My grandma’s noodles are better than your grandma’s noodles.
A family meal was not complete when I was growing up if Grandma Wilson did not make noodles. Roast beef, mashed potatoes, sweet corn, pickled beets, a pie or two–and homemade noodles. I now live in a world of fresh garlic, sushi and $17 bottles of beer, but in reality, none of that stuff is worth diddly compared to my grandma’s noodles.
Chillin’ in the nursing home, my grandma is retired from noodle-making, and this is a loss beyond comparison. A few years ago, I asked her to give me her recipe, as it hadn’t appeared in the Wilson Family Cookbook that we put together back in 1990. “Well, I don’t really have a recipe. I just make ’em.”
Not good enough.
“Well, it’s just eggs, a little salt, and some flour.”
“How many eggs?”
“Well, it depends on how many’s coming to dinner.”
Rather than jot down the “recipe,” she agreed to let me help her make them. I felt like Burt Wolf taking notes, but I got the premise down so I could try my own. It took a couple of tries, but I’d now point out, with utmost modesty, that I make the second best noodles on Earth.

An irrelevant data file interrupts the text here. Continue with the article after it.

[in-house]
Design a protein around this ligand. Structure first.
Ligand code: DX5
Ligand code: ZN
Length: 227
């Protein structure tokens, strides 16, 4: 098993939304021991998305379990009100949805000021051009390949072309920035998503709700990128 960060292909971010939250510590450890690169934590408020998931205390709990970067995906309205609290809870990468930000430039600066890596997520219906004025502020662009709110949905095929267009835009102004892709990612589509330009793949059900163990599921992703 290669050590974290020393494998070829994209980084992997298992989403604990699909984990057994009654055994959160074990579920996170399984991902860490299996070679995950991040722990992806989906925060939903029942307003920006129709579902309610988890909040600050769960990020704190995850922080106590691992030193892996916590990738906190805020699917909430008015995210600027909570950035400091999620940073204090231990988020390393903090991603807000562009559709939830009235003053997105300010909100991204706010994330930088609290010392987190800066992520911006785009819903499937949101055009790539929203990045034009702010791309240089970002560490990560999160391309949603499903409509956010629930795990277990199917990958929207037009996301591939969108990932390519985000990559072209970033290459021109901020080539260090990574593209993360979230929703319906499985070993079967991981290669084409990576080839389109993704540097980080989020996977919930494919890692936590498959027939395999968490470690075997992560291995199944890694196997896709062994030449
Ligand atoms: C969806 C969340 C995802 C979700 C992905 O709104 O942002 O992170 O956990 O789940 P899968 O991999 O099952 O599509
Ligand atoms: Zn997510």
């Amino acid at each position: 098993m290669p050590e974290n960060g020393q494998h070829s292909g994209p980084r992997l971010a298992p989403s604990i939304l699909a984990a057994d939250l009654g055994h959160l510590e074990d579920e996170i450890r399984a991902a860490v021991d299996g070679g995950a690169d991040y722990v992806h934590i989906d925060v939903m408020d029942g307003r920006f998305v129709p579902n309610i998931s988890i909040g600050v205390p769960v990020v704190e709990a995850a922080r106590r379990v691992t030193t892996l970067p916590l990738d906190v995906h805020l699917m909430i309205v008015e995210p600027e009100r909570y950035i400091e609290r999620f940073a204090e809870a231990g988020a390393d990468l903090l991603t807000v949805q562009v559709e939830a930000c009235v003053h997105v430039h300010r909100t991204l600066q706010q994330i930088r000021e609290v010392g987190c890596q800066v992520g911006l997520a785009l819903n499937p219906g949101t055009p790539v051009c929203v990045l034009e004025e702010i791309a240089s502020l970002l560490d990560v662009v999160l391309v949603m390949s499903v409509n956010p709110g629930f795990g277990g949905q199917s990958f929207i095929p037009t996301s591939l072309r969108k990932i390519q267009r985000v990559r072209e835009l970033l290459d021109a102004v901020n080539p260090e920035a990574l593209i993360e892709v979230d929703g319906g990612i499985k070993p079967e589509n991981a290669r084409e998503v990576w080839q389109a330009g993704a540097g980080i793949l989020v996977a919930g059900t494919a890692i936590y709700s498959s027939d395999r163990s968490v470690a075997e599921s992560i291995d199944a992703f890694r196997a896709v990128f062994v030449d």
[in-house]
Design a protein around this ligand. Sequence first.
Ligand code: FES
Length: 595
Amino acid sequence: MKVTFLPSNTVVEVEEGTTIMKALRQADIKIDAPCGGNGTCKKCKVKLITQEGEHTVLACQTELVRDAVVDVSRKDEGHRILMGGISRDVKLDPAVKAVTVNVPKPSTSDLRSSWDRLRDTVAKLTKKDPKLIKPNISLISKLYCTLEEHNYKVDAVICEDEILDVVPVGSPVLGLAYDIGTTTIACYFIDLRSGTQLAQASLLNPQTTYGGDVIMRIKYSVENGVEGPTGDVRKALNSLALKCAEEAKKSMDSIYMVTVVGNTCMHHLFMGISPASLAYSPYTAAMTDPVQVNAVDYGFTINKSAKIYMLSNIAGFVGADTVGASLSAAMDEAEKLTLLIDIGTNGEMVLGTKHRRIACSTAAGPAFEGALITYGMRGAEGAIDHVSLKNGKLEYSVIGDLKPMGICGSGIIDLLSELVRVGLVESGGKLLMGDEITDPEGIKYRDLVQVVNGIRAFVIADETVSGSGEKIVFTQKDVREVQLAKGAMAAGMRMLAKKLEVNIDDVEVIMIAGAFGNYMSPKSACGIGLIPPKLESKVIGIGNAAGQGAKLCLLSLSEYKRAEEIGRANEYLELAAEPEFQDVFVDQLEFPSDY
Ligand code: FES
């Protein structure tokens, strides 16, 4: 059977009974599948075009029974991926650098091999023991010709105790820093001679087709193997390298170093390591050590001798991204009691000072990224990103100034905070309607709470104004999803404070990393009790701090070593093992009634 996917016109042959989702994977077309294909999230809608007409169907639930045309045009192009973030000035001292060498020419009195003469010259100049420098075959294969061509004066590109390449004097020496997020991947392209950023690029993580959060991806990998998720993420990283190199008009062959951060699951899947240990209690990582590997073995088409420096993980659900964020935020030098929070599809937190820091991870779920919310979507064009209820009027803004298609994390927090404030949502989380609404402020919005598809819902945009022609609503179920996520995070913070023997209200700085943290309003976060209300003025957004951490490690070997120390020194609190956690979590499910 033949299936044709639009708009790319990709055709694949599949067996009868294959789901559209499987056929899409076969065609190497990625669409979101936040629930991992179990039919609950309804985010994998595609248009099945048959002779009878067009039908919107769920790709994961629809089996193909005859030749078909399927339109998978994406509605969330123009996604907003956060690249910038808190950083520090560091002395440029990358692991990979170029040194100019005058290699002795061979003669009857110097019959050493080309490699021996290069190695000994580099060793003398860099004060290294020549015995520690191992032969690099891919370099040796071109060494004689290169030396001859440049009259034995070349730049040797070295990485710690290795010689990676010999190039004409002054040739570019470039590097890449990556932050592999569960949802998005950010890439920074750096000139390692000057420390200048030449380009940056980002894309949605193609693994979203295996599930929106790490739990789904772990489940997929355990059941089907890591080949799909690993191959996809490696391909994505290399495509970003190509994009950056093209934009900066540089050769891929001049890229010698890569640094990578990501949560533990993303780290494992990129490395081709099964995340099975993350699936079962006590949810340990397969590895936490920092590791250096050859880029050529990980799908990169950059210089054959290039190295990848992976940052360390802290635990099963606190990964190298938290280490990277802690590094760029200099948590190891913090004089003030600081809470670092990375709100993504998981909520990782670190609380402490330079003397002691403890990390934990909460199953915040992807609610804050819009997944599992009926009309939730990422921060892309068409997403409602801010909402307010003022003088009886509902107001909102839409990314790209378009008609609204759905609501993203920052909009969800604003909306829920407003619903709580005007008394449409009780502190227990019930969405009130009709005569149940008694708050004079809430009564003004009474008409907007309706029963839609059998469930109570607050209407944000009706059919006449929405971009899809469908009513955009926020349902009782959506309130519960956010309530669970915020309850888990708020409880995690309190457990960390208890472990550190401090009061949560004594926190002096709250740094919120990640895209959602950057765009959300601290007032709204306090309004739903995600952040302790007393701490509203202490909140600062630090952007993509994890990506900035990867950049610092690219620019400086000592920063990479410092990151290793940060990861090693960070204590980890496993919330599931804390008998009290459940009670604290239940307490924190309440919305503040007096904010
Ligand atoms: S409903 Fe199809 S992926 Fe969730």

I made them this week, and being solid, Midwestern farmhouse chow, it made sense to talk about a farmhouse ale, Foret, from Brasserie Dupont.
Saisons make me smile. And this organic offering from the Saison Dupont crew did not disappoint. Earthy, spicy, fruity, perfumy–all these lovely aromas and flavors melded in a pleasing fashion. The perfect beer for the coming of fall, this harvest season, and this rural setting in which I now reside.
Not much of a beer drinker, I’m not sure that my granny would find it groovy that after this week, a beer would remind me of her. I care not. She can feel groovy knowing that I think of her often this winter, everytime I snuggle for warmth under the quilt she made me. What is important is that I remember her, and her noodles and her gentle nature. And that I honor her with a good life, hard work and love.
I don’t know what she calls it, but for me it’s brewvana.
About the noodles: I’d share the recipe, but there isn’t one.